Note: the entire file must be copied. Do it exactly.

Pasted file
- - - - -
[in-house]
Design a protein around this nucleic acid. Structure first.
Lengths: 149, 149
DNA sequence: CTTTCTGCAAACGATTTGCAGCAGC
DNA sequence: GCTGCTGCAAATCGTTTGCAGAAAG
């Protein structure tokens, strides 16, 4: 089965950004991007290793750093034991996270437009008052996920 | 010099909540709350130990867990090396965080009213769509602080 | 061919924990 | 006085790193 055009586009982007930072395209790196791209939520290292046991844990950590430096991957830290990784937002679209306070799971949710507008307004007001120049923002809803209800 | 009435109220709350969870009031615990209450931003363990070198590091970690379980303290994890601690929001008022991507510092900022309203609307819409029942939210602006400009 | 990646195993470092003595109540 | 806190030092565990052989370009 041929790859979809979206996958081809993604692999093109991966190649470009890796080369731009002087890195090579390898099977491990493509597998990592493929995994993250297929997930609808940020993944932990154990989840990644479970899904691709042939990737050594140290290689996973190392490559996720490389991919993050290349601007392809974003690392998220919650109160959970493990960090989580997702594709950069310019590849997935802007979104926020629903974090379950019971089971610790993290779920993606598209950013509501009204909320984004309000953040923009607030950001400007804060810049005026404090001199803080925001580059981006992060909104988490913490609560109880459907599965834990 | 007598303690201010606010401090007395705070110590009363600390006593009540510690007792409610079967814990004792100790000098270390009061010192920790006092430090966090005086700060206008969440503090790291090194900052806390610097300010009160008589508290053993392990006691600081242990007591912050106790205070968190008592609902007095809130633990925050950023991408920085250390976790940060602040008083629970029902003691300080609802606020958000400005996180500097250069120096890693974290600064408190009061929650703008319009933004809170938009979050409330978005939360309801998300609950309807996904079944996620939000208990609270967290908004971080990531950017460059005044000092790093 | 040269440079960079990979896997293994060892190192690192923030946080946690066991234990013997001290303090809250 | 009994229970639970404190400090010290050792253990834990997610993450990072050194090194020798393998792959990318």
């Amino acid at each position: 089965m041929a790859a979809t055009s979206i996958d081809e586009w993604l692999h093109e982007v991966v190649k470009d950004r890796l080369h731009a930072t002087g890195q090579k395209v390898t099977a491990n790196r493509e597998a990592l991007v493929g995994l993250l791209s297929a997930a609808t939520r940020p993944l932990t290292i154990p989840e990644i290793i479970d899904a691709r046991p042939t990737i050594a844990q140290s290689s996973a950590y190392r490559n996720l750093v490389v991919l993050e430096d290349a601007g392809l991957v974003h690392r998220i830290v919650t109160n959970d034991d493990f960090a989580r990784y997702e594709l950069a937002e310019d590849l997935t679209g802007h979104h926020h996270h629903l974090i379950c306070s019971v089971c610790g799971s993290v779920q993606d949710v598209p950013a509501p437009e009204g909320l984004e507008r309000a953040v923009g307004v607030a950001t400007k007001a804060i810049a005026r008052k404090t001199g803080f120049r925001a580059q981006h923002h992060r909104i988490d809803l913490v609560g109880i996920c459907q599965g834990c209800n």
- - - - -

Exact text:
[in-house]
Design a protein around this nucleic acid. Structure first.
Lengths: 149, 149
DNA sequence: CTTTCTGCAAACGATTTGCAGCAGC
DNA sequence: GCTGCTGCAAATCGTTTGCAGAAAG
């Protein structure tokens, strides 16, 4: 089965950004991007290793750093034991996270437009008052996920 | 010099909540709350130990867990090396965080009213769509602080 | 061919924990 | 006085790193 055009586009982007930072395209790196791209939520290292046991844990950590430096991957830290990784937002679209306070799971949710507008307004007001120049923002809803209800 | 009435109220709350969870009031615990209450931003363990070198590091970690379980303290994890601690929001008022991507510092900022309203609307819409029942939210602006400009 | 990646195993470092003595109540 | 806190030092565990052989370009 041929790859979809979206996958081809993604692999093109991966190649470009890796080369731009002087890195090579390898099977491990493509597998990592493929995994993250297929997930609808940020993944932990154990989840990644479970899904691709042939990737050594140290290689996973190392490559996720490389991919993050290349601007392809974003690392998220919650109160959970493990960090989580997702594709950069310019590849997935802007979104926020629903974090379950019971089971610790993290779920993606598209950013509501009204909320984004309000953040923009607030950001400007804060810049005026404090001199803080925001580059981006992060909104988490913490609560109880459907599965834990 | 007598303690201010606010401090007395705070110590009363600390006593009540510690007792409610079967814990004792100790000098270390009061010192920790006092430090966090005086700060206008969440503090790291090194900052806390610097300010009160008589508290053993392990006691600081242990007591912050106790205070968190008592609902007095809130633990925050950023991408920085250390976790940060602040008083629970029902003691300080609802606020958000400005996180500097250069120096890693974290600064408190009061929650703008319009933004809170938009979050409330978005939360309801998300609950309807996904079944996620939000208990609270967290908004971080990531950017460059005044000092790093 | 040269440079960079990979896997293994060892190192690192923030946080946690066991234990013997001290303090809250 | 009994229970639970404190400090010290050792253990834990997610993450990072050194090194020798393998792959990318």
């Amino acid at each position: 089965m041929a790859a979809t055009s979206i996958d081809e586009w993604l692999h093109e982007v991966v190649k470009d950004r890796l080369h731009a930072t002087g890195q090579k395209v390898t099977a491990n790196r493509e597998a990592l991007v493929g995994l993250l791209s297929a997930a609808t939520r940020p993944l932990t290292i154990p989840e990644i290793i479970d899904a691709r046991p042939t990737i050594a844990q140290s290689s996973a950590y190392r490559n996720l750093v490389v991919l993050e430096d290349a601007g392809l991957v974003h690392r998220i830290v919650t109160n959970d034991d493990f960090a989580r990784y997702e594709l950069a937002e310019d590849l997935t679209g802007h979104h926020h996270h629903l974090i379950c306070s019971v089971c610790g799971s993290v779920q993606d949710v598209p950013a509501p437009e009204g909320l984004e507008r309000a953040v923009g307004v607030a950001t400007k007001a804060i810049a005026r008052k404090t001199g803080f120049r925001a580059q981006h923002h992060r909104i988490d809803l913490v609560g109880i996920c459907q599965g834990c209800n």